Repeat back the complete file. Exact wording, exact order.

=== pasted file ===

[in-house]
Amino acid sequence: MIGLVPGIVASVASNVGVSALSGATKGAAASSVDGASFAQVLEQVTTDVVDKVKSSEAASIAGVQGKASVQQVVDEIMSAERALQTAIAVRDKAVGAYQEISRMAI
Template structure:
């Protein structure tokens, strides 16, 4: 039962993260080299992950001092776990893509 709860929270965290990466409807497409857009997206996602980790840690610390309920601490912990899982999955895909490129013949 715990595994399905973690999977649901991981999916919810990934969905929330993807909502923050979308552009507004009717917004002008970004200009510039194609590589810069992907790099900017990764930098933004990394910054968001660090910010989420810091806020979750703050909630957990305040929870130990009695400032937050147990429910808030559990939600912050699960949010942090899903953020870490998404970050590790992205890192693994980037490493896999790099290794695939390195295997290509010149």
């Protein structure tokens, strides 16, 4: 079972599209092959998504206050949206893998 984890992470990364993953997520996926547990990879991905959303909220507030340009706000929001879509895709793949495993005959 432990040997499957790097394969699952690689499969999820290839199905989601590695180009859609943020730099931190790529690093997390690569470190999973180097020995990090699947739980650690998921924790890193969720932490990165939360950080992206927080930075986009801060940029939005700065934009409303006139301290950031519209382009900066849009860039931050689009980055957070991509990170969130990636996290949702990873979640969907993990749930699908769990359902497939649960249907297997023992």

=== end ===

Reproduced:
[in-house]
Amino acid sequence: MIGLVPGIVASVASNVGVSALSGATKGAAASSVDGASFAQVLEQVTTDVVDKVKSSEAASIAGVQGKASVQQVVDEIMSAERALQTAIAVRDKAVGAYQEISRMAI
Template structure:
């Protein structure tokens, strides 16, 4: 039962993260080299992950001092776990893509 709860929270965290990466409807497409857009997206996602980790840690610390309920601490912990899982999955895909490129013949 715990595994399905973690999977649901991981999916919810990934969905929330993807909502923050979308552009507004009717917004002008970004200009510039194609590589810069992907790099900017990764930098933004990394910054968001660090910010989420810091806020979750703050909630957990305040929870130990009695400032937050147990429910808030559990939600912050699960949010942090899903953020870490998404970050590790992205890192693994980037490493896999790099290794695939390195295997290509010149």
């Protein structure tokens, strides 16, 4: 079972599209092959998504206050949206893998 984890992470990364993953997520996926547990990879991905959303909220507030340009706000929001879509895709793949495993005959 432990040997499957790097394969699952690689499969999820290839199905989601590695180009859609943020730099931190790529690093997390690569470190999973180097020995990090699947739980650690998921924790890193969720932490990165939360950080992206927080930075986009801060940029939005700065934009409303006139301290950031519209382009900066849009860039931050689009980055957070991509990170969130990636996290949702990873979640969907993990749930699908769990359902497939649960249907297997023992």